The letter argues that the Environmental Protection Agency (EPA) has had statutory authority over climate-related disclosures since the passage of the Clean Air Act in 1974, meaning the SEC’s new rules may overstep its bounds.

Similarly, it contends that the proposal may tread on territory long covered by state corporation law, and it argues the rules could compel speech, thereby violating the First Amendment.

The letter also questions the SEC’s cost-benefit analysis, pointing out that it seems to ignore China’s rapidly increasing greenhouse gas emissions.

“Without a meaningful impact on China’s greenhouse gas emissions, the Proposal, even if implemented, will not have a meaningful impact on climate change,” it states.

The letter concludes with an analysis of the SEC proposal’s citations, saying they “skew heavily toward organizations that are prominent environmentalists, not prominent investors.”

The most cited organizations in the proposal include the EPA, the Natural Resources Defense Council, and UN Principles for Responsible Investment (PRI).

The SEC’s proposal moved forward in March with a 3-1 vote. All three Democratic commissioners voted for it, while the lone Republican currently serving on the SEC, Hester Peirce, voted against it.

In a statement titled “We Are Not The Securities and Environment Commission–At Least Not Yet,” Peirce explained why she found the planned rules so troubling.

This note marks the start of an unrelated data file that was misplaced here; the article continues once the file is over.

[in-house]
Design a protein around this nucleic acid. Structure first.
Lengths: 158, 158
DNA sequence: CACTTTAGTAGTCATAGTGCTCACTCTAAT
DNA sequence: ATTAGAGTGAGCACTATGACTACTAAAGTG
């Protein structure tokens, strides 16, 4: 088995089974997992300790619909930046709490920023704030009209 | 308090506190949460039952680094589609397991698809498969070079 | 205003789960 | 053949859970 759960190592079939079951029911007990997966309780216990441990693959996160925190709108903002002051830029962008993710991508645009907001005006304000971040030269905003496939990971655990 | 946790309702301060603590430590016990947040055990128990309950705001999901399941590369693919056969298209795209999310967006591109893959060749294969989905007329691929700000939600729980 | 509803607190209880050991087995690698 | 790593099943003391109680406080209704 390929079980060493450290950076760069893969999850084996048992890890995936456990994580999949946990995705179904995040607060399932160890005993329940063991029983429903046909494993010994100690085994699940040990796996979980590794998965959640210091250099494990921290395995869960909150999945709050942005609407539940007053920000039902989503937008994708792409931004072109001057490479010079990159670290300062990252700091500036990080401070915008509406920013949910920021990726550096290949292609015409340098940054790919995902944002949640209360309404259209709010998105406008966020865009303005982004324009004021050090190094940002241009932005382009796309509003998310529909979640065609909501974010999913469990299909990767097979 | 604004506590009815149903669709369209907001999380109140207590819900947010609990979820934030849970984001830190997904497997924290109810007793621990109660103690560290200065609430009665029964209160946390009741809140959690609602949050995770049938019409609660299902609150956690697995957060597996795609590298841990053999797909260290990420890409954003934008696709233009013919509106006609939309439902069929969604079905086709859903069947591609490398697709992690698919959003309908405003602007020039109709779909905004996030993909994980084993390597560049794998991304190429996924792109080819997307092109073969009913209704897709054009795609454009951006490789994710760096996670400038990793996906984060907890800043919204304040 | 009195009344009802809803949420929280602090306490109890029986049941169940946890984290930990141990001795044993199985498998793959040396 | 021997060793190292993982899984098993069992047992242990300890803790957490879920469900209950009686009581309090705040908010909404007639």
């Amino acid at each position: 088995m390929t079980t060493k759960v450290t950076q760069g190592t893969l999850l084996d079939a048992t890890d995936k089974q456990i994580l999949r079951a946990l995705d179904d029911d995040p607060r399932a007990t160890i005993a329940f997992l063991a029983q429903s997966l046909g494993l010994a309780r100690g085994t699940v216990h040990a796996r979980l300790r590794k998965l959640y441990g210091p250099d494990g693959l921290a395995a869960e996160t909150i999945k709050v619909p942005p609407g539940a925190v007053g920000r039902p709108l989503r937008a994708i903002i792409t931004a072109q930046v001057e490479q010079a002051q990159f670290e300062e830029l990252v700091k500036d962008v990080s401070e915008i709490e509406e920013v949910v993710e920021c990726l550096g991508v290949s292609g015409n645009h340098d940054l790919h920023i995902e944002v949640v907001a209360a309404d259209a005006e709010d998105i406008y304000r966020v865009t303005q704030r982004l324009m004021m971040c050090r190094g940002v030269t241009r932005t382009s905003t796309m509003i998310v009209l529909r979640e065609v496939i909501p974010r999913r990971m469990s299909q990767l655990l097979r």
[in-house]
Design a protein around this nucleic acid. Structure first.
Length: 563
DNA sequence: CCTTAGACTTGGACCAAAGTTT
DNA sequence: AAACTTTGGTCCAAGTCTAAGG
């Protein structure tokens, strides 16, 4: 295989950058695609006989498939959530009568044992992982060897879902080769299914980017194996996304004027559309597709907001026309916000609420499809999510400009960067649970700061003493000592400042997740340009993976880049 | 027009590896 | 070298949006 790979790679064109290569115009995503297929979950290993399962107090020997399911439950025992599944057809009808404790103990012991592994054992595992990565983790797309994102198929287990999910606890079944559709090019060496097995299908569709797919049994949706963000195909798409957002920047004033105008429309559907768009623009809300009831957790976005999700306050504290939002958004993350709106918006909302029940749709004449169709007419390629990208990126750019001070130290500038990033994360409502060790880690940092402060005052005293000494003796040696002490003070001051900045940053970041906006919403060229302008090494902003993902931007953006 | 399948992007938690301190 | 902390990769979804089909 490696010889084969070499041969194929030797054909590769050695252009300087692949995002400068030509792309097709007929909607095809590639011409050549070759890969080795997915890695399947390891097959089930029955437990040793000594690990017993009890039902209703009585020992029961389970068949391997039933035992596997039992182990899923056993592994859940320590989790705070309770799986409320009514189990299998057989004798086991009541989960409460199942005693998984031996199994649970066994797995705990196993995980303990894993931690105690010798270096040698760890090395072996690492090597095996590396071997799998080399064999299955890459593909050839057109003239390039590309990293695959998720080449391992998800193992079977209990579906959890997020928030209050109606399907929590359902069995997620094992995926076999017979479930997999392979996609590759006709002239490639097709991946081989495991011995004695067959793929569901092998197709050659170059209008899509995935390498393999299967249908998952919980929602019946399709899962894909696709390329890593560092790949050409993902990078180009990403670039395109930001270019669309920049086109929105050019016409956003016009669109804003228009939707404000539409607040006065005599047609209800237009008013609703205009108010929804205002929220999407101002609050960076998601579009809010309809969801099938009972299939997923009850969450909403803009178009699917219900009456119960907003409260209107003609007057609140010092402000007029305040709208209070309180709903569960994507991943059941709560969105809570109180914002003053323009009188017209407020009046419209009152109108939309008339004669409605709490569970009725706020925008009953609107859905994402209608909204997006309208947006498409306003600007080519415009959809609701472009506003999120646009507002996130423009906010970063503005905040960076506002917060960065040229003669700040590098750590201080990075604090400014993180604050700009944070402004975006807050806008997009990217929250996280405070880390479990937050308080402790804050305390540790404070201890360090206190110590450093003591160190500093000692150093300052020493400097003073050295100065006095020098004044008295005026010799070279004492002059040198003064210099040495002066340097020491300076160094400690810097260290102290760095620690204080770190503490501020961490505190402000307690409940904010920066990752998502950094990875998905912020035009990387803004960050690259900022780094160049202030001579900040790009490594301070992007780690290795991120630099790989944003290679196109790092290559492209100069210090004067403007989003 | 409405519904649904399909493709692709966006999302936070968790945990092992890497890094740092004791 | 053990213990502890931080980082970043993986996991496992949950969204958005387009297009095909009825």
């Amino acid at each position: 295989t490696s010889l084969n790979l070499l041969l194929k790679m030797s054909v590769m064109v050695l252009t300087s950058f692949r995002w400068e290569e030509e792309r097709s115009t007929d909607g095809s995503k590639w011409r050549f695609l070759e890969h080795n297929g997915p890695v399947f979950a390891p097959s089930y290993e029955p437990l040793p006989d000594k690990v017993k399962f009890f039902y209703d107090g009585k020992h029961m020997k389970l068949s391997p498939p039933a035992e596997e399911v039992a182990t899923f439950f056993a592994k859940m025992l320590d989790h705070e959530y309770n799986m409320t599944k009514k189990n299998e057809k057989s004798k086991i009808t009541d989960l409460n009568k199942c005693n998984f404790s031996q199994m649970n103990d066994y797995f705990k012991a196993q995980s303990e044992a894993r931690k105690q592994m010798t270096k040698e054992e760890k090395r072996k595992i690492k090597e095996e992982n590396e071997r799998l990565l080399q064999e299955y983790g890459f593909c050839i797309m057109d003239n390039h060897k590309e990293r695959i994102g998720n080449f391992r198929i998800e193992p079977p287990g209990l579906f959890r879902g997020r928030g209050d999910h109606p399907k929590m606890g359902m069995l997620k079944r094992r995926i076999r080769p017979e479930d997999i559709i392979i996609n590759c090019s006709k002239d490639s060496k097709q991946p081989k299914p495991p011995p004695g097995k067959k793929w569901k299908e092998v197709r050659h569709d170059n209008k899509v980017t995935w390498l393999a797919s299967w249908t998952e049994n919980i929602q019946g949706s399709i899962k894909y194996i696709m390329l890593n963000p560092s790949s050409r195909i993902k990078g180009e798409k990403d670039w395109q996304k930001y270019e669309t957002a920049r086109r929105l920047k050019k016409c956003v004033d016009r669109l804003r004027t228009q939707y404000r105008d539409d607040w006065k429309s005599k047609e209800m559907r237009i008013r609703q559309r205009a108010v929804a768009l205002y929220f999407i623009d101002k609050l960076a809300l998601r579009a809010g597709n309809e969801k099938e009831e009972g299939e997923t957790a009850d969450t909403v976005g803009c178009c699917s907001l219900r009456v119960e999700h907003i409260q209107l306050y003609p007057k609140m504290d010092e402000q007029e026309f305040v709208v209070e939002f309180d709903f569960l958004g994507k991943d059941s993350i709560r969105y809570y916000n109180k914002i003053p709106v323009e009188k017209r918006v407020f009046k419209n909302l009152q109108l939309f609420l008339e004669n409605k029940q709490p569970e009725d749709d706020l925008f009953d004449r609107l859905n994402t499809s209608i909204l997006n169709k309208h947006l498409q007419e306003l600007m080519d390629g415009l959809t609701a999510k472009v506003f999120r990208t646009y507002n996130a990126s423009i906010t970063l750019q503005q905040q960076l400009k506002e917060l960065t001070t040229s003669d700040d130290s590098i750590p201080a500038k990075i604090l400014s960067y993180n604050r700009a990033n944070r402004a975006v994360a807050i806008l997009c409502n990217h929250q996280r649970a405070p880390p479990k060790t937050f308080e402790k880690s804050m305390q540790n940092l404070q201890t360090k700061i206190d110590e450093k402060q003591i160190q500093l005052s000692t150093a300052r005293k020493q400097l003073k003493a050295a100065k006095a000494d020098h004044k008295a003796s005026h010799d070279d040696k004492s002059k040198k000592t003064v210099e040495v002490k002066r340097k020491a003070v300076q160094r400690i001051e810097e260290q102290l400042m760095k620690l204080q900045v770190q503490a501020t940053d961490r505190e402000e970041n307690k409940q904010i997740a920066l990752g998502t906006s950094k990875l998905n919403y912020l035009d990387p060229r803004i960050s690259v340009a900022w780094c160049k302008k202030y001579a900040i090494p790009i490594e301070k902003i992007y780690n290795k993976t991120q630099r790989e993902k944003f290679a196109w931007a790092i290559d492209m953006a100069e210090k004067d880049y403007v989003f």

“We are here laying the cornerstone of a new disclosure framework that will eventually rival our existing securities disclosure framework in magnitude and cost and probably outpace it in complexity. The building project upon which we are embarking will consume our attention and enrich many, as any massive building project does,” she wrote.

Berk, of Stanford, said he hopes the letter will “make the SEC pause since it is clear from the letter that the legal basis for this action is flimsy, and that if they continue, there is very likely to be a court challenge which I believe is likely to prevail in the end.”

Cunningham, of George Washington University, told The Epoch Times he has only received a handful of comments from opponents of his letter. He characterized those objections as “very disappointing.”

“Rather than engaging with our letter (or reading it) and the question of SEC authority, these comments rail against climate change generally or attack me and the other signatories personally. But while such childish vitriol is annoying, I remain optimistic that at least the SEC staff will engage thoughtfully with the issues we raise,” Cunningham said.

The SEC initiated a 60-day comment period on the proposed rules in late March. That comment period has since been extended to June 17.

The Epoch Times has reached out to the SEC for comment.